(Click the text above to learn about Macia Fuller and her Underground Railroad quilts.)
Women with needles.
Creating maps and codes.
Freeing countless precious souls from slavery.
One group of stitchers was the Quakers who ran the safe houses, or stations along the underground railroad. These women created a code to help the conductors plan safe routes for the fugitives. Protection from the slave catchers stalking the escapees as they traveled the 10 to 20 miles between stations with the North Star as their guide. The Quaker women made quilts with several designs to communicate to the conductors. By hanging the quilts in the window or over a fence, a message for safety was sent. For example, the Bow Ties patterned quilt denoted a house where a change of clothing was available.
The Drunkard’s Path warned of slave hunters and hounds, encouraging a zigzag route. Ozella Williams from the historic Old Marketplace of Charleston, South Carolina, relates her own family oral traditions about how quilts were used as a code. Williams indicates ten patterns directed the escapees to take particular action. This use of secret messages is given life in the picture books: Under the Quilt of Night, by Deborah Hopkinson, and Secret to Freedom, by Marcia Vaughan. An historic novel, Path of Freedom, by Jennifer Hudson Taylor, highlights the work of the Quakers and their quilts on the underground railroad.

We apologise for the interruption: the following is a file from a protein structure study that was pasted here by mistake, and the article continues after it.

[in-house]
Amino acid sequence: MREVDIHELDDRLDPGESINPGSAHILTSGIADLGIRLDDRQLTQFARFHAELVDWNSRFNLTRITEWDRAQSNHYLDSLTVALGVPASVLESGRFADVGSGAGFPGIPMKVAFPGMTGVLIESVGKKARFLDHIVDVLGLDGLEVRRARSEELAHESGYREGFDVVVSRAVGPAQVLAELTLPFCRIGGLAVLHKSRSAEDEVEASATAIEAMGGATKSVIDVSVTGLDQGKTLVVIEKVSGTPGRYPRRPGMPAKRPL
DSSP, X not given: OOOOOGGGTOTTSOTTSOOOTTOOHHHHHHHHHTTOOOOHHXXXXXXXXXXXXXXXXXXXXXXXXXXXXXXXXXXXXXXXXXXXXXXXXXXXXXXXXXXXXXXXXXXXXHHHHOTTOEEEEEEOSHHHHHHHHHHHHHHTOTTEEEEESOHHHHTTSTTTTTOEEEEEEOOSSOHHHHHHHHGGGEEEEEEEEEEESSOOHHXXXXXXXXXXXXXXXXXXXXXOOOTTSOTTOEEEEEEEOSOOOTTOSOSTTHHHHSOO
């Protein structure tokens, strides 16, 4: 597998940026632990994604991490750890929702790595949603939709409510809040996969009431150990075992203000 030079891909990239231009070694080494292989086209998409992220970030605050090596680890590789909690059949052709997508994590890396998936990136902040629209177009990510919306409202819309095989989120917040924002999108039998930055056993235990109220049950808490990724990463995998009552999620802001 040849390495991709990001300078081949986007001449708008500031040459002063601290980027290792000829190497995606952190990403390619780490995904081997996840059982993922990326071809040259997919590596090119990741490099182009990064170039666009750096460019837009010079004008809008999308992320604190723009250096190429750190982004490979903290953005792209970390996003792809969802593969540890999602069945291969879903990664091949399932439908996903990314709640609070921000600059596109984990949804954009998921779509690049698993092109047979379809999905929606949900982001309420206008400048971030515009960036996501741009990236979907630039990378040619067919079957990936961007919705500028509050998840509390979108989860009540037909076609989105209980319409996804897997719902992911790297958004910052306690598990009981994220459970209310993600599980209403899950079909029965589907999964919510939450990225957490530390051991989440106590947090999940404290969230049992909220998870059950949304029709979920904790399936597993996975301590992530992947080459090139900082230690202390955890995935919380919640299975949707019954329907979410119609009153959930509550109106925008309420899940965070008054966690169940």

The other group of stitchers creating the escape quilts was women whose culture connected fabric and message. Africans wove patterns into cloth that communicated ideas, so the concept of applique and embroidery to create maps that pointed to freedom is logical. Several picture books explain how this might have transpired in the slave quarters of a plantation. Sweet Clara and the Freedom Quilt, by Deborah Hopkinson is the classic. The Patchwork Path, by Bettye Stroud, also describes how map quilts could have been stitched and utilized. The concept of slave women fashioning maps from scraps of cloth is intriguing.
The 1999 book, Hidden in Plain View, by Raymond Dobard, an art historian, and Jacqueline Tobin, a college instructor in Colorado, is the basis for the theory that quilts were used to communicate information about conditions on the underground railroad to the conductors lurking in the shadows with precious passengers. Escaping slavery was generally an act of complex, sophisticated and covert systems of planning, so the whole quilt code resonates with many historians who believe oral tradition and family stories.
Frankly, the whole idea of quilts playing a part in the freedom of human beings is one that I am able to accept. Women work together in ways that feed the human spirit and save lives. It is not hard for me to believe that stitch by stitch, white women and black women sewed the paths to freedom for those desperate to break their chains.
“If you hear the dogs, keep going. If you see the torches in the woods, keep going. If there’s shouting after you, keep going. Don’t ever stop. Keep going. If you want a taste of freedom, keep going.” Harriet Tubman
Where is Macia Fuller now? She’s serving in Ethiopia. Click here to find out more about the work she’s doing.
Quilts are reflections of many historic eras. The historical fiction, Dust Between the Stitches, is a quilt story set in the Dust Bowl during the 1930’s. It tells the story of Addie Meyers as she tries to save the family homestead from foreclosure while teaching in a one room schoolhouse for script. Each chapter of the book starts with a quilt pattern, many of them based on Sunbonnet Sue and Overall Sam. A picture of life in the Dust Bowl emerges in this novel that will warm your heart and inspire your faith.